Zack Miller is the Managing Director of Lighthouse Capital Ltd., a boutique investment firm servicing high-net-worth investors from around the world and the author of the book Tradestream, which documents how investors are using new technologies to assist their investing. In this post, he highlights five companies developing new services of particular relevance to investor relations professionals at public companies. You can learn more about these services and others on Miller’s website Tradestreaming.
A COMMON refrain from investor relations professionals is that they don’t pay much attention to information on the web and in social networks because the audiences they care about most — institutional investors and analysts – are not following or participating in these media.
And for the most part they are right, individual analysts and portfolio managers have little incentive to use Twitter or Facebook to get their information or share their views when regulatory and firm compliance restrictions discourage it. There’s also the fact that Wall Street’s finest don’t need to go online when they already have preferential access to corporate management through the IROs on their speed dial.
However, what most don’t realize is that institutional investors and traders are increasingly incorporating alternative sources of information from the wider web and even social media into their decisions. A plethora of start-ups staffed by brilliant engineers, mathematicians and scientists is creating tools to glean valuable insights and trading signals for the deluge of information coming online around the world every hour. The chief buyers of these products are hedge funds, algorithmic traders and even retail investors.
In this article, I focus on five such companies that investor relations professionals should know about:
1. Recorded Future
A quantitative tool built by quants, Boston-based Recorded Future has developed proprietary linguistic and statistical algorithms to extract time-related information from general news sources, trade journals, blogs, and social media. What that means simply is the firm is using web content to predict the future. With both a retail product and an interface for institutional investors, Recorded Future plumbs the depths of the web to help investors handicap the probability of future events with the world’s first temporal analytics engine. The company’s services also can be used by IR departments for competitive analysis and brand monitoring. Search giant Google is an investor in the company. The video below gives you an overview of the company’s services and technology.
Built by the scientists who developed Hakia, a competitor technology to Google, SENSENews collects and semantically filters fundamental information — facts from news sources — about companies from around the web. SENSENews also looks at sentiment around this data — real-time opinion from blogs and Twitter — and isolates 16 different investment criteria around the stocks it monitors. By identifying which drivers can most impact a stock’s price, SENSENews charts the net difference between the good and bad news on a stock and puts all this into context, helping to forecast future price movement.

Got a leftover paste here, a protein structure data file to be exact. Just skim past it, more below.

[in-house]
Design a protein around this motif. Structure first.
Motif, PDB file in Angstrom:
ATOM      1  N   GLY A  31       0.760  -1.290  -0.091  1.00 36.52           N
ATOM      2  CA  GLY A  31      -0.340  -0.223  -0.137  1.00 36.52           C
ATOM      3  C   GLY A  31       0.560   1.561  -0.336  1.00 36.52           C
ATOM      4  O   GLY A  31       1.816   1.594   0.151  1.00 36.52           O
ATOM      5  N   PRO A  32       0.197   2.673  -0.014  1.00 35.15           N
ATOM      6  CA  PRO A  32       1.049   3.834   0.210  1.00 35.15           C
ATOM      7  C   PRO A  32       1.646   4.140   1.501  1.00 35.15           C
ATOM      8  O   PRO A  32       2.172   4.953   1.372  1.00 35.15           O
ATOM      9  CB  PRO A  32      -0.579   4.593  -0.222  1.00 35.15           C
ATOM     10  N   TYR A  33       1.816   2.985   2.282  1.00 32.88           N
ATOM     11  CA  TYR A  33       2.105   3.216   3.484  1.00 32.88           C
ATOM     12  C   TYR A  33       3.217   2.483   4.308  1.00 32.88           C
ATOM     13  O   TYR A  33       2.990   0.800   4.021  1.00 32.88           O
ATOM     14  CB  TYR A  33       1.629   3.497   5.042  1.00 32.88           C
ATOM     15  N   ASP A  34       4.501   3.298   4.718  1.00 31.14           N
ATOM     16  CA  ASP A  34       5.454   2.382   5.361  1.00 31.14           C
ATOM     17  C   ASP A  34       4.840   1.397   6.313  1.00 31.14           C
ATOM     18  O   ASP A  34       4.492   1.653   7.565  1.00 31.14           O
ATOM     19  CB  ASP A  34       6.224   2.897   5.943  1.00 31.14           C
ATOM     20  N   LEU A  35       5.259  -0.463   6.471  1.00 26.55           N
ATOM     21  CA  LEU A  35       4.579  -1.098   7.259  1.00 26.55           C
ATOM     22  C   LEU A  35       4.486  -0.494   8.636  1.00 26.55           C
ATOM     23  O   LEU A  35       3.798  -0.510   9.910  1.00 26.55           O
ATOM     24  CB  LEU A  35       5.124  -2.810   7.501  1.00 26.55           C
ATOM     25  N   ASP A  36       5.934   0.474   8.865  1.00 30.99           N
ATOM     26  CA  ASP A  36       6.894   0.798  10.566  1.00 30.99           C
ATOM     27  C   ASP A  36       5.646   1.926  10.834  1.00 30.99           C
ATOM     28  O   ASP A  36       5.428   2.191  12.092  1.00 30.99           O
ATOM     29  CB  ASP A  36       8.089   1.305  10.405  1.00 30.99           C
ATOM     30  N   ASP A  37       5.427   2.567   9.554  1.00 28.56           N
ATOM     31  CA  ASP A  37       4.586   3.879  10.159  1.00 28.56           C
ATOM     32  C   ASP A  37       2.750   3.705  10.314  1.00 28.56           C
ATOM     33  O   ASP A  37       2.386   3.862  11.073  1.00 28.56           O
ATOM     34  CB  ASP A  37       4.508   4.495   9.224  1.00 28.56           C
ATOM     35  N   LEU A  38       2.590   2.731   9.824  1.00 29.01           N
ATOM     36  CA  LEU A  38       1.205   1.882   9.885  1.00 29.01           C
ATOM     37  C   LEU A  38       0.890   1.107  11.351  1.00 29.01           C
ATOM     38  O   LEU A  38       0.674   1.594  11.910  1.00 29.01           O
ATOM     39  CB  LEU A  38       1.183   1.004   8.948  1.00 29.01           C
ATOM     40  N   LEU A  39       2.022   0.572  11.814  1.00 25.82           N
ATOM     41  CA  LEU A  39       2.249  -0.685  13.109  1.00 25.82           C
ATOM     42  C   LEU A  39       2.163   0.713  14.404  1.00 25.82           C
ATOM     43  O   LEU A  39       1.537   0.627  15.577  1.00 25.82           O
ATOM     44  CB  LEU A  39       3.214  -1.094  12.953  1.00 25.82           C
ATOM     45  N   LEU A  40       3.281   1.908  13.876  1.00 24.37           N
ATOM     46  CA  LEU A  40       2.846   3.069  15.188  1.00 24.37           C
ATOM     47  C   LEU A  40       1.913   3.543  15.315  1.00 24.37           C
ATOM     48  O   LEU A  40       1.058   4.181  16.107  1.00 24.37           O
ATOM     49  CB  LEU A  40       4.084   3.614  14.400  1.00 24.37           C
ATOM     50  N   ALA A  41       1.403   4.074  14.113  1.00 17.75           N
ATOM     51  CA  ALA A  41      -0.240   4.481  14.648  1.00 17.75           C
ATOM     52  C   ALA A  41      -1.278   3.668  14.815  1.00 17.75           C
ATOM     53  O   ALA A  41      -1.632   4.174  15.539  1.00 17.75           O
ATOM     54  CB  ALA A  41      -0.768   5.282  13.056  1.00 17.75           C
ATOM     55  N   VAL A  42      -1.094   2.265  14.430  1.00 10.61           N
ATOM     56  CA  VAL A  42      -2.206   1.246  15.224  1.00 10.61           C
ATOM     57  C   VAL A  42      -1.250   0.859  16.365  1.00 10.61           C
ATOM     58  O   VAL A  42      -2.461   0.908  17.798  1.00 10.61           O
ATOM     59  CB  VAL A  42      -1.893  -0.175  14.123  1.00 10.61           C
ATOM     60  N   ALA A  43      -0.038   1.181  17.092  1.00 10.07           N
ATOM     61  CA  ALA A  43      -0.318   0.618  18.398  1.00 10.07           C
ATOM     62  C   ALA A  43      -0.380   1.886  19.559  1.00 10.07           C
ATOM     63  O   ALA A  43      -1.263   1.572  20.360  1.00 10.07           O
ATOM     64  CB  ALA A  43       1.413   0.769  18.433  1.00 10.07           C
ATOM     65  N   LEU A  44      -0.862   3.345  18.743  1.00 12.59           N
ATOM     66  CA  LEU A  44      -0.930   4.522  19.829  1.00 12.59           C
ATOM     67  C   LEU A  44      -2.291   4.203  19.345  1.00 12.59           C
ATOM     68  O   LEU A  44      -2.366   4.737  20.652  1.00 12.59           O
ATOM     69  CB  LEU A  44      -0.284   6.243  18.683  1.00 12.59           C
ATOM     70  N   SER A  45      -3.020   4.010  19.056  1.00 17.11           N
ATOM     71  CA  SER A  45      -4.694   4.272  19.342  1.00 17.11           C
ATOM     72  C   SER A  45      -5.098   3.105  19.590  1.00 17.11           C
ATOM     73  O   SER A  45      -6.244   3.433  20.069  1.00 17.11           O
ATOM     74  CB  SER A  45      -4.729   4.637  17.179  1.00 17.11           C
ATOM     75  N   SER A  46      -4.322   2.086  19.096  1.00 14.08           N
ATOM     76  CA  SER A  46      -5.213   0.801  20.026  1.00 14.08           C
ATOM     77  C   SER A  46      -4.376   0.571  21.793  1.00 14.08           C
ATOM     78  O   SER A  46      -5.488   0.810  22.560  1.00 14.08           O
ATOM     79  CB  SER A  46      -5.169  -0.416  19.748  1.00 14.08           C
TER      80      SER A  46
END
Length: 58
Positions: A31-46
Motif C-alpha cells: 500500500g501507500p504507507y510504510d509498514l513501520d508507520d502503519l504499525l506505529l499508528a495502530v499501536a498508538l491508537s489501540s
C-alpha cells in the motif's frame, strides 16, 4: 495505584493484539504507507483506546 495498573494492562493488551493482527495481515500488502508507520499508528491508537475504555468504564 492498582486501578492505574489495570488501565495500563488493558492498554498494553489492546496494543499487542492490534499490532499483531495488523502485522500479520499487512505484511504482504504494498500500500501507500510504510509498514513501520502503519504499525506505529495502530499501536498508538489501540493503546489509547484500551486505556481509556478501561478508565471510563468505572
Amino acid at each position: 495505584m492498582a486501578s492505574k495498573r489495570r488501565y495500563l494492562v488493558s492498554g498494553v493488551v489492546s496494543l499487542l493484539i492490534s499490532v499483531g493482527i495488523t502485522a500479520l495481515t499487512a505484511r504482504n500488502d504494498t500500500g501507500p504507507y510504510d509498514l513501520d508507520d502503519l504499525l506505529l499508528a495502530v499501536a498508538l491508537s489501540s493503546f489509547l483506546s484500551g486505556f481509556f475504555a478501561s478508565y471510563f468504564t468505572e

Selerity uses search technology similar to what Google uses to scour official and unofficial sources for meaningful new information that may not have been picked up by mainstream sources. Investors know that full disclosure is asymmetrical and so pay for services to speed up delivery of tradable information like earnings, oil inventories, and retail same store sales. Selerity, in partnership with real-time communications platform StockTwits, offers streams of this information delivered hot, daily. The company recently picked up unpublished earnings news from Microsoft’s website and says that it regularly encounters similar information at other companies.
Profiled recently in BusinessWeek, this firm is the brainchild of author and investment analyst, Richard Peterson, M.D. (yes, he’s a medical doc). His firm’s software monitors tens of thousands of newspaper articles, blogs, corporate communications and presentations, and Tweets. The software then analyzes the changes in over 400 types of sentiment on over 6000 U.S. stocks. MarketPsych sells this data along with its overlay on top of macroeconomic and firm-level information to hedge funds that create quantitative strategies accordingly.
The deluge of data makes it really hard for buy side and sell side analysts to stay on top of the news affecting their sectors and portfolios. Increasingly, they are turning to firms like Ravenpack for help in creating risk management tools or developing strategies to unlock actionable content from unstructured data. In partnership with Dow Jones, this multinational firm provides real-time analytics of much of Dow Jones’ library of news. By helping traders score the importance of the news and sentiment on professional newswires, blogs, and hundreds of financial sites, RavenPack enables algorithmic and quantitative funds to exploiting profitable opportunities.
To stay informed about developments in financial technology, see the Tradestreaming website.